LibLink: Alex Cole-Hamilton: No such thing as a right to sex

Edinburgh Western MSP Alex Cole-Hamilton has written a powerful column in the Edinburgh Evening News in which he takes apart the awful “Incel” movement’s bizarre and misogynist arguments.

He lays bare some of the stuff these people believe.

A warped political ideology has germinated in the dark chatrooms of this scene. There are lengthy and rambling discourses which amount to a deranged manifesto, preaching the need for a “global redistribution of sex”. This involves a sexual caste system where women will be forced to have sex with incel men as a punishment for being promiscuous or if they use too much make-up.

There’s no such thing as a right to sex, he points out:

Because there’s a fundamental difference between needs and wants. You need shelter, clean drinking water and access to healthcare, these are your rights. You may want sex, but no human rights lawyer is going to take the fact you aren’t getting any to Strasbourg.

Put simply, if something you want requires the enthusiastic consent of another, then you don’t have a right to it

And education about this is vital:

Whether we’re considering rape or harassment, we need to change our culture and that starts with how we raise our young people. We need to equip our children with an understanding of what an appropriate, respectful relationship looks like. Teaching young people about birth control and STDs is second nature nowadays, but when, as parents or teachers, we awkwardly ask them to carry a condom, we need to have the confidence to, in the same breath, make it clear that obtaining enthusiastic consent is just as, if not more, important.

You can read the whole article here.

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7 Comments

  • Sue Sutherland 12th May '18 - 2:27pm

    “You need shelter, clean drinking water and access to health care, these are your rights”. I would add enough food to this list. Does the party include these in any policies concerning a Bill of Rights? The last time I was involved in any discussion about a Bill of Rights I tried to get a Right to Shelter included in the proposals but was sat upon quite heavily by the great and the good who wanted a Bill of Rights to be purely legal and political. This was a long time ago so I was glad to see Alex Cole-Hamilton’s definition because I can’t see how you can exercise those rights without shelter.
    If we haven’t policies which state this I think we should be considering them, especially as the Tories are enacting policies which deny people’s right to food.

  • Geoffrey Payne 12th May '18 - 11:59pm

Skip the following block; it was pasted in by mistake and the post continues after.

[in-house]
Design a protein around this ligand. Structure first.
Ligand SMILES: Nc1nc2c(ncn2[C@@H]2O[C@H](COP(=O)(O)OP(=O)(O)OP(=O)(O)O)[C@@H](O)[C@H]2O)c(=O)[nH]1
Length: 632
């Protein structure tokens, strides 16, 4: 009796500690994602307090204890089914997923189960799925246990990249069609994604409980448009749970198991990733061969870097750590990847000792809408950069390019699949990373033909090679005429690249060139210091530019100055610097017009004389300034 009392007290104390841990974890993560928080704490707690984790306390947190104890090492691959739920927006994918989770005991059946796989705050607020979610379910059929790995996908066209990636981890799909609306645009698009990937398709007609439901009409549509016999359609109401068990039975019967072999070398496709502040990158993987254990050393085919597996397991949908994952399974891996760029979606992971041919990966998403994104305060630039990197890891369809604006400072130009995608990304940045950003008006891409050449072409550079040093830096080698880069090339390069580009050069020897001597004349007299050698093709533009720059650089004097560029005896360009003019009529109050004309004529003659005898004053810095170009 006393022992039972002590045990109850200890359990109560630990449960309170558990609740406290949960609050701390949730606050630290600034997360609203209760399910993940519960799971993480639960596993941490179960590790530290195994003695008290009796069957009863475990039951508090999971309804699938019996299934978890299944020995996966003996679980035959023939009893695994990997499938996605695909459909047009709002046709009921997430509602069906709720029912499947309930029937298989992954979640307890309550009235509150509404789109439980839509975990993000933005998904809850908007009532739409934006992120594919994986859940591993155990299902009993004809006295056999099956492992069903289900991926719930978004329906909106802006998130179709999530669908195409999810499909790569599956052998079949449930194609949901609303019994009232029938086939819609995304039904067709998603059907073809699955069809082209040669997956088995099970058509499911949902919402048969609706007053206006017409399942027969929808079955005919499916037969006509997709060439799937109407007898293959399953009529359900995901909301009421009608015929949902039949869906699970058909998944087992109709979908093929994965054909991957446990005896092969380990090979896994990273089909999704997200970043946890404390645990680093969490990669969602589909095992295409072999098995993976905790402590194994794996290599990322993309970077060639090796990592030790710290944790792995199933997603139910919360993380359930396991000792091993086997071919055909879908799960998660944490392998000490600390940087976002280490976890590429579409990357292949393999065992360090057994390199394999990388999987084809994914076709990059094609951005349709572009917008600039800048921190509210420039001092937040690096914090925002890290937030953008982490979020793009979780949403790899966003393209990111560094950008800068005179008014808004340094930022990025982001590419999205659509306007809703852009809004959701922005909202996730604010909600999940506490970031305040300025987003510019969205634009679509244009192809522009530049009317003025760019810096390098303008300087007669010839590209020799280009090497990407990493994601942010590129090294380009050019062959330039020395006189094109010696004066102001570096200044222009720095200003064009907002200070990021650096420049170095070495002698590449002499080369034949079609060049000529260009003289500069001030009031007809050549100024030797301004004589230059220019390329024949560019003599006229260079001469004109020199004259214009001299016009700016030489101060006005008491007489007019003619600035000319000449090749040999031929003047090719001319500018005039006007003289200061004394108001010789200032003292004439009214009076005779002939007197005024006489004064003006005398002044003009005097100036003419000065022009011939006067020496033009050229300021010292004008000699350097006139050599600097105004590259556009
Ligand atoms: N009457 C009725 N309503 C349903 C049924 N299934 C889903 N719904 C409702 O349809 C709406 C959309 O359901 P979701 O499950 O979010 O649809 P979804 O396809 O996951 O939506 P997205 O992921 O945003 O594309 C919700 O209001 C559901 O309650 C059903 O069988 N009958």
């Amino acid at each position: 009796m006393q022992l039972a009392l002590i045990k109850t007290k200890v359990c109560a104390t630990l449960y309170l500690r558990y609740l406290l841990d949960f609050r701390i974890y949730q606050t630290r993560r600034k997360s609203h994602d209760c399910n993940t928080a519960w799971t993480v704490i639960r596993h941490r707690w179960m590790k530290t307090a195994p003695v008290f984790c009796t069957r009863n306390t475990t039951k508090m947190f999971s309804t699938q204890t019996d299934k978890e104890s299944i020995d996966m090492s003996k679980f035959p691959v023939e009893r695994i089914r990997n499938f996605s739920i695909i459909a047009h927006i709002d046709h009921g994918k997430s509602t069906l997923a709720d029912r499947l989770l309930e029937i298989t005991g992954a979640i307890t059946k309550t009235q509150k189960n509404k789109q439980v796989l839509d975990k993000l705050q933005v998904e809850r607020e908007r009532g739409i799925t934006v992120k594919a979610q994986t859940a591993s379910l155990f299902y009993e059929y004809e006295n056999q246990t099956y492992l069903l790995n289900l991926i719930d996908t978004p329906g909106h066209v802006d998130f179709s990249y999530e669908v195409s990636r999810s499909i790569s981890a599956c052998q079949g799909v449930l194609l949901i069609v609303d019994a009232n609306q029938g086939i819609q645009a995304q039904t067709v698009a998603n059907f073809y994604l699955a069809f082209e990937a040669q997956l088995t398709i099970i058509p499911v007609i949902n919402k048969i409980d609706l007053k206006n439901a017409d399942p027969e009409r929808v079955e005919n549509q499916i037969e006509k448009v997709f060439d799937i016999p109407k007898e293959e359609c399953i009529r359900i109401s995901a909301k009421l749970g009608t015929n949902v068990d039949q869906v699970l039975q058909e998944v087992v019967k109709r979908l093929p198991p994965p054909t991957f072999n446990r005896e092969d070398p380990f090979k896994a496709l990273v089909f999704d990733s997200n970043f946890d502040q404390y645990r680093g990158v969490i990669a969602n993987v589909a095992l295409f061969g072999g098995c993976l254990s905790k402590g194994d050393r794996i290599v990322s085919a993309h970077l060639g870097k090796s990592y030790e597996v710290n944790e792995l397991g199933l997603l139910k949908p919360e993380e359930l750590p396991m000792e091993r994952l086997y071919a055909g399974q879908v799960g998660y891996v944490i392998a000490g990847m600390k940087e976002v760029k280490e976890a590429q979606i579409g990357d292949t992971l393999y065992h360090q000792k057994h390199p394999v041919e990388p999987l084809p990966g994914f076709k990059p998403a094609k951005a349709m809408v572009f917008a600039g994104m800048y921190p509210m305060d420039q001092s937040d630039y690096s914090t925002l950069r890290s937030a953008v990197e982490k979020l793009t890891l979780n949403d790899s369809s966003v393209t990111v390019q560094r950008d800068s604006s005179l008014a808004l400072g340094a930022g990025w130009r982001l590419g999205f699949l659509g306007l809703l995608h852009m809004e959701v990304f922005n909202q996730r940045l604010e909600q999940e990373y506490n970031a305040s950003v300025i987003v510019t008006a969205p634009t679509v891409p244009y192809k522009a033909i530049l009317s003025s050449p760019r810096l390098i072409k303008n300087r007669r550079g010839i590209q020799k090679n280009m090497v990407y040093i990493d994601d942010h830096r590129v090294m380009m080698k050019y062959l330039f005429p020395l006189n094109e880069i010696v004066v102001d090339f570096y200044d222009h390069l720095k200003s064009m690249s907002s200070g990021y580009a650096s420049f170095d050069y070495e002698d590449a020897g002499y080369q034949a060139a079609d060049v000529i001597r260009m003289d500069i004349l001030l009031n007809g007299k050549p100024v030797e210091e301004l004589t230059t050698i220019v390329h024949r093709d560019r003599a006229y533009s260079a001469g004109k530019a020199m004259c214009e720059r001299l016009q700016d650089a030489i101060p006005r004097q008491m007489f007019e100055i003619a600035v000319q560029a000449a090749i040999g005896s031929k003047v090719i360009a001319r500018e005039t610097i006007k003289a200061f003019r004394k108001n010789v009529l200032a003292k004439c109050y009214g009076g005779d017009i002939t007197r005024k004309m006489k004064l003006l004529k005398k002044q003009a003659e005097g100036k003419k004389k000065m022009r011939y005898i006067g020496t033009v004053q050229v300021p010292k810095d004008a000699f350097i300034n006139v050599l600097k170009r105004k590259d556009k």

I am naturally sympathetic to anyone, man or woman, who can be described as incel. But it is the wrong choice to align with the alt right as some of the men do. The alt right in theory they tell us not to be sympathetic with victims, and their hero Donald Trump is more likely to describe them as losers. The alt right jargin describes victims as “snowflakes”, people who wilt. They are not your friends. In practice the alt right are also hypocrites, often wingeing about unfair media coverage, being the good snowflakes that they are.
    If they persuade you into becoming rapists then you are likely to end up in prison and become incels once again. Better to seek help instead, and learn to have positive non-coercive relationships.

  • Geoffrey Payne’s point, seems to resonate with my thoughts on this. Whilst I fully agree with Alex Cole-Hamilton’s statements, I wonder if what we are seeing is just another example of the same process that with other stimulants can result in someone being radicalised. Hence whilst we should provide deterrence, perhaps we also need to investigate ways to help people cope and thus fall into this mindset.

  • OnceALibDem 13th May '18 - 1:35pm

    “I am naturally sympathetic to anyone, man or woman, who can be described as incel.”

    Why and what is the nature of this sympathy. I’m not sure what this ‘incel’ concept is. I’m involuntarily not centre forward for Newcastle Utd? Because I want to be and it is only a rigged system that prevents me.

    I’m not digging into the darker recesses of the internet to find this out but is this about men who actually aren’t involuntarily celibate but actually can’t get with the women they see as particularly desirable (to put it in less delicate terms, why don’t hot women fancy me). Because my guess would be that it is.

    Though actually Alex is wrong on this, “Teaching young people about birth control and STDs is second nature nowadays, “. As it stands at the moment academies and free schools (ie state funded) AREN’T required to teach SRE. A third of girls are not told about periods by their parents and 10% receive no preparation at all before their first period and there are a lot of criticisms of SRE – eg an OFSTED report in 2013 saying it required improvement in a third of schools.

    A lot of surveys of young people say they didn’t find their SRE particuarly useful and there is a big disconnect of a divided between primary and secondary schools based on the (widely incorrect) idea that pubery is something that doesn’t happen to primary school pupils.

    That will change soon (ish – it seems to be taking a very long time) with all primary and secondary schools being required to provide age-appropriate education from Sept 2019 – which will include consent. There was a consulation on this which closed a few months ago.\

    There is a really good HoC library document on the development of changes (including quite a big shift in government attitudes) – http://researchbriefings.parliament.uk/ResearchBriefing/Summary/SN06103#fullreport

  • It is very important not to dignify this stuff with the term “ideology”.

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